Before your combine even comes out of the shed, you’re probably trying to guess what the yield monitors and weigh wagons will report at the end of harvest. That’s good. The time to start planning for next year is right now.
Soybeans are arguably the most difficult crop to estimate yield, but there are ways to get more accurate estimates and evaluate otherwise unseen disease and insect pressure for next season.
A Simpler Way to Estimate Yields
As Growing Louisiana reports, a recently introduced, formula may alleviate some frustration while increasing accuracy of soybean yield estimates. Developed by Purdue University, this estimating method evaluates just 1/10,000th of an acre, instead of the typically recommended 1/1,000th of an acre.
Of course, by the time you’re in the combine, this year’s yield is set. The final yield results are determined through yield monitors and weigh wagons. But what you can do is watch the plants entering the grain table for indicators of pressure that developed after canopy when they were too large for you to scout. Those observations can help you make decisions for next year, as you talk with your seed dealer about what worked and what didn’t.
When harvesting this year’s crop, you can take steps to help prevent disease and insect infestation for next year as well.
When frogeye leaf spot is present, symptoms typically appear on the leaves during the reproductive stages. Mild cases might go unnoticed and will not have a significant effect on yield. Given the right environmental conditions, however, frogeye leaf spot can escalate quickly.
It’s likely you would catch frogeye leaf spot in-season. During harvest, though, occasionally step out of the cab to investigate the soybean pods themselves for disease symptoms.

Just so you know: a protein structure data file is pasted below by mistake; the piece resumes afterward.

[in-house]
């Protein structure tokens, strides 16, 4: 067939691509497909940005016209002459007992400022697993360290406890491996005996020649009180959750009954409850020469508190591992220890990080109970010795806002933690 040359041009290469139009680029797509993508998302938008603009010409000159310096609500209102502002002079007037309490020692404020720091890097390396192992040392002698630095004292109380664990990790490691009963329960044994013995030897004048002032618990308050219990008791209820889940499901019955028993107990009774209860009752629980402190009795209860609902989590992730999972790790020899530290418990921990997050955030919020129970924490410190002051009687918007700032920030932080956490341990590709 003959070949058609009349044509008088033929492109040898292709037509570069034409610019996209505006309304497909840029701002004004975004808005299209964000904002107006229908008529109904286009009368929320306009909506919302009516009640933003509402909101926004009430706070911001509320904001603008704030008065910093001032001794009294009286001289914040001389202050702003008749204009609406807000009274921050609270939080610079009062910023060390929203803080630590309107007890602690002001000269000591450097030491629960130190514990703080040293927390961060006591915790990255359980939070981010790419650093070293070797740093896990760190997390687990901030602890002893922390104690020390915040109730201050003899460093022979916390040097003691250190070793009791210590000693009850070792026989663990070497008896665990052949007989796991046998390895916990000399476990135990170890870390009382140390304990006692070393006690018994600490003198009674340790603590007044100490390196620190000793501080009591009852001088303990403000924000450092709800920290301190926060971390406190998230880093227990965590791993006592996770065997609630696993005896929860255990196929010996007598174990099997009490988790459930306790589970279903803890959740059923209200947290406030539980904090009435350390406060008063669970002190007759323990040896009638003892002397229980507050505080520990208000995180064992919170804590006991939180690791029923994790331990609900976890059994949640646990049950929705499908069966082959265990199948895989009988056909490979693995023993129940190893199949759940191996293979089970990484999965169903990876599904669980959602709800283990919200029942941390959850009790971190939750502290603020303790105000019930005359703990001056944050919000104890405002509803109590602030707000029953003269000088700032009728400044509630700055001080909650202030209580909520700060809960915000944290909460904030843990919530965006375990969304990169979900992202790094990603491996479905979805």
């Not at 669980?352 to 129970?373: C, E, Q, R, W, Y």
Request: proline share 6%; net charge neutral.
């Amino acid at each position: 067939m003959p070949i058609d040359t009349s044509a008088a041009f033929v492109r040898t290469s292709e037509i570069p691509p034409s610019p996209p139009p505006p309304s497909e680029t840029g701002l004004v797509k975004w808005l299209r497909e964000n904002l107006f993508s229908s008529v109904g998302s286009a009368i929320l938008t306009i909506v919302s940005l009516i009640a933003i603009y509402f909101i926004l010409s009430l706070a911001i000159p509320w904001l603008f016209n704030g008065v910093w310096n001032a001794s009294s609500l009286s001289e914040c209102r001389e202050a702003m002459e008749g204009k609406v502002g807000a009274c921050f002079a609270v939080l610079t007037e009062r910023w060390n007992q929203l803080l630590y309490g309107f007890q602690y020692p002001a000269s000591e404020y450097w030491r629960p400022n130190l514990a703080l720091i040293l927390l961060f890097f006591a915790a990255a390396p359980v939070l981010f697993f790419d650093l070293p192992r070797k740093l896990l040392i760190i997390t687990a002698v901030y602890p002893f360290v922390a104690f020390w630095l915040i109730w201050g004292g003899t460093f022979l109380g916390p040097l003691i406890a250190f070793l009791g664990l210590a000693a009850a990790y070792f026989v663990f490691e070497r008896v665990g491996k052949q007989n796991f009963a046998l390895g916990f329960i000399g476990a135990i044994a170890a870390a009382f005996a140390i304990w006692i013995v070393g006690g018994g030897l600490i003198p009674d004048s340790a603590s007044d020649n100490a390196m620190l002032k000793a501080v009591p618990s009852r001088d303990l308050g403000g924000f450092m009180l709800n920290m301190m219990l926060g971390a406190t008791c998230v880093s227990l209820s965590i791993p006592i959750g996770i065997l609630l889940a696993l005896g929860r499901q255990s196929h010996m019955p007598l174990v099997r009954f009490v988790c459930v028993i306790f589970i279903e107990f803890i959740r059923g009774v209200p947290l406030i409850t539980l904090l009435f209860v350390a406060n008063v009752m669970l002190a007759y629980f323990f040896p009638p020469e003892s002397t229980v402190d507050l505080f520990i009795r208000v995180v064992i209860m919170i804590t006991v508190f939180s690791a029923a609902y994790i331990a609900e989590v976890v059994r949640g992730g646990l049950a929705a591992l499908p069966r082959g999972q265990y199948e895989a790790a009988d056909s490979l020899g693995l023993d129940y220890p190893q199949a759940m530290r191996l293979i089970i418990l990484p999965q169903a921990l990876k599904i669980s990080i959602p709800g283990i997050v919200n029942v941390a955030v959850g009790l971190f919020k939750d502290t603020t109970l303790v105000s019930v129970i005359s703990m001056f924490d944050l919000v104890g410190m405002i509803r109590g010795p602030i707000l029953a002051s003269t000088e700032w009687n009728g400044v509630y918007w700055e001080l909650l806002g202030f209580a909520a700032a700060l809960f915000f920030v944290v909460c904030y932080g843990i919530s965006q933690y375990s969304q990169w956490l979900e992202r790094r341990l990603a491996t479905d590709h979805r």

While this disease most commonly infects leaves, frogeye leaf spot can also cause lesions on stems and pods. Pod lesions, as described by Purdue University, are reddish-brown and slightly sunken. The disease can even spread through the pod walls and negatively affect the seed itself.
If you suspect frogeye leaf spot is present in your field, consult your local agronomist or retailer.
Planned fungicide applications at R3 have become a common practice for the management of frog eye leaf spot, but application as early as R2 may be needed under the appropriate environmental conditions. When selecting a fungicide product it is important to choose mixture products with two effective modes of action like Bayer’s Stratego® YLD. Due to the spread of strobilurin resistant frogeye leaf spot single mode-of-action products may not control the disease.
Soybean plants typically lose color and drop their leaves as harvest approaches. If you find yourself driving into a patch of brown pods on green stems this fall, you might have a case of green stem syndrome on your hands. Alternatively, you might hear it referenced as green bean syndrome.
Green stem syndrome reduces yield by aborting pods. It also makes harvest itself difficult by clogging equipment. Soybean viruses and environmental conditions can cause the syndrome, so can the bean leaf beetle and stinkbugs. The University of Arkansas suggests budworms are contributors too.
As you investigate the cause and try to prevent green stem syndrome next year, one consideration should be your insecticide choice. Proper insect and worm control reduces the odds of green stem syndrome reoccurring next year.
Perhaps the easiest observation to make during harvest is that of weed escapes. They might have popped up near or at crop canopy and at a time when you thought you no longer needed to scout. Weeds or weed trash between the rows is an indicator of weed escapes. Whether or not these weeds are resistant to your herbicide, you might need to consider using an herbicide with a different mode of action next year.
Are you also harvesting corn this year? We compiled some information on what to look for during that harvest, too.